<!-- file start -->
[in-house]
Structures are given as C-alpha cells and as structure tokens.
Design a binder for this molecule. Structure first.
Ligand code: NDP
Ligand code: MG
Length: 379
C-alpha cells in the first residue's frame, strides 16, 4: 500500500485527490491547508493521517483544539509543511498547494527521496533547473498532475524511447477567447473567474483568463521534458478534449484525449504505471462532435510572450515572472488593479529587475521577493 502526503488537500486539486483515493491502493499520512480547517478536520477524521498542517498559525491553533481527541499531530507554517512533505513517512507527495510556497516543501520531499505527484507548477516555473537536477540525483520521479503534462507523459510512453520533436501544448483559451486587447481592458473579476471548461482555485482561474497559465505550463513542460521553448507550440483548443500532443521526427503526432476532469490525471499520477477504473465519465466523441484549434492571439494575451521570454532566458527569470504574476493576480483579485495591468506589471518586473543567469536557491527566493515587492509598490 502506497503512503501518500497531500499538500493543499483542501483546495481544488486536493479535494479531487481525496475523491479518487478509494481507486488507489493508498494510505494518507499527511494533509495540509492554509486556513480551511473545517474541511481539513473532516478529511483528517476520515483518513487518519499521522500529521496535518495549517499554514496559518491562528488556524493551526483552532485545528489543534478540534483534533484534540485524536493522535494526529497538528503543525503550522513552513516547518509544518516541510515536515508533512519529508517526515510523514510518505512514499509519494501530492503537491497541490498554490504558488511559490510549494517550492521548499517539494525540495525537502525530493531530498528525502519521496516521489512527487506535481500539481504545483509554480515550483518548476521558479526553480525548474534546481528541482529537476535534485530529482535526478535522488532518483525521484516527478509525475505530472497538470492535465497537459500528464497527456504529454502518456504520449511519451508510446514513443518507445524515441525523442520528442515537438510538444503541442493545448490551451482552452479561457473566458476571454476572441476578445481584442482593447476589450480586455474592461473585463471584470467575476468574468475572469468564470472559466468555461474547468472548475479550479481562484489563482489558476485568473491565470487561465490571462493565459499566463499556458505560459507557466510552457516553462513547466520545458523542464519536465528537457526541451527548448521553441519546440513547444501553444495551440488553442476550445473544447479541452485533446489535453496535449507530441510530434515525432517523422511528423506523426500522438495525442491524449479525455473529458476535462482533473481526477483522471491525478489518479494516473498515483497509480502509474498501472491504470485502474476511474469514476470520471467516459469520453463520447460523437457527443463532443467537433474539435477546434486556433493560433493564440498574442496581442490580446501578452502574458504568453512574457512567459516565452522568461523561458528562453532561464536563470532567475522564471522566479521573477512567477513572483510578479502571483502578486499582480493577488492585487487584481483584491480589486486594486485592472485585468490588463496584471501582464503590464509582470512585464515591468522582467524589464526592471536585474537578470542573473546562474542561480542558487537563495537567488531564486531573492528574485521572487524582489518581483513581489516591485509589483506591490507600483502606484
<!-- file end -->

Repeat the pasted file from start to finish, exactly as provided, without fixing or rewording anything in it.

[in-house]
Structures are given as C-alpha cells and as structure tokens.
Design a binder for this molecule. Structure first.
Ligand code: NDP
Ligand code: MG
Length: 379
C-alpha cells in the first residue's frame, strides 16, 4: 500500500485527490491547508493521517483544539509543511498547494527521496533547473498532475524511447477567447473567474483568463521534458478534449484525449504505471462532435510572450515572472488593479529587475521577493 502526503488537500486539486483515493491502493499520512480547517478536520477524521498542517498559525491553533481527541499531530507554517512533505513517512507527495510556497516543501520531499505527484507548477516555473537536477540525483520521479503534462507523459510512453520533436501544448483559451486587447481592458473579476471548461482555485482561474497559465505550463513542460521553448507550440483548443500532443521526427503526432476532469490525471499520477477504473465519465466523441484549434492571439494575451521570454532566458527569470504574476493576480483579485495591468506589471518586473543567469536557491527566493515587492509598490 502506497503512503501518500497531500499538500493543499483542501483546495481544488486536493479535494479531487481525496475523491479518487478509494481507486488507489493508498494510505494518507499527511494533509495540509492554509486556513480551511473545517474541511481539513473532516478529511483528517476520515483518513487518519499521522500529521496535518495549517499554514496559518491562528488556524493551526483552532485545528489543534478540534483534533484534540485524536493522535494526529497538528503543525503550522513552513516547518509544518516541510515536515508533512519529508517526515510523514510518505512514499509519494501530492503537491497541490498554490504558488511559490510549494517550492521548499517539494525540495525537502525530493531530498528525502519521496516521489512527487506535481500539481504545483509554480515550483518548476521558479526553480525548474534546481528541482529537476535534485530529482535526478535522488532518483525521484516527478509525475505530472497538470492535465497537459500528464497527456504529454502518456504520449511519451508510446514513443518507445524515441525523442520528442515537438510538444503541442493545448490551451482552452479561457473566458476571454476572441476578445481584442482593447476589450480586455474592461473585463471584470467575476468574468475572469468564470472559466468555461474547468472548475479550479481562484489563482489558476485568473491565470487561465490571462493565459499566463499556458505560459507557466510552457516553462513547466520545458523542464519536465528537457526541451527548448521553441519546440513547444501553444495551440488553442476550445473544447479541452485533446489535453496535449507530441510530434515525432517523422511528423506523426500522438495525442491524449479525455473529458476535462482533473481526477483522471491525478489518479494516473498515483497509480502509474498501472491504470485502474476511474469514476470520471467516459469520453463520447460523437457527443463532443467537433474539435477546434486556433493560433493564440498574442496581442490580446501578452502574458504568453512574457512567459516565452522568461523561458528562453532561464536563470532567475522564471522566479521573477512567477513572483510578479502571483502578486499582480493577488492585487487584481483584491480589486486594486485592472485585468490588463496584471501582464503590464509582470512585464515591468522582467524589464526592471536585474537578470542573473546562474542561480542558487537563495537567488531564486531573492528574485521572487524582489518581483513581489516591485509589483506591490507600483502606484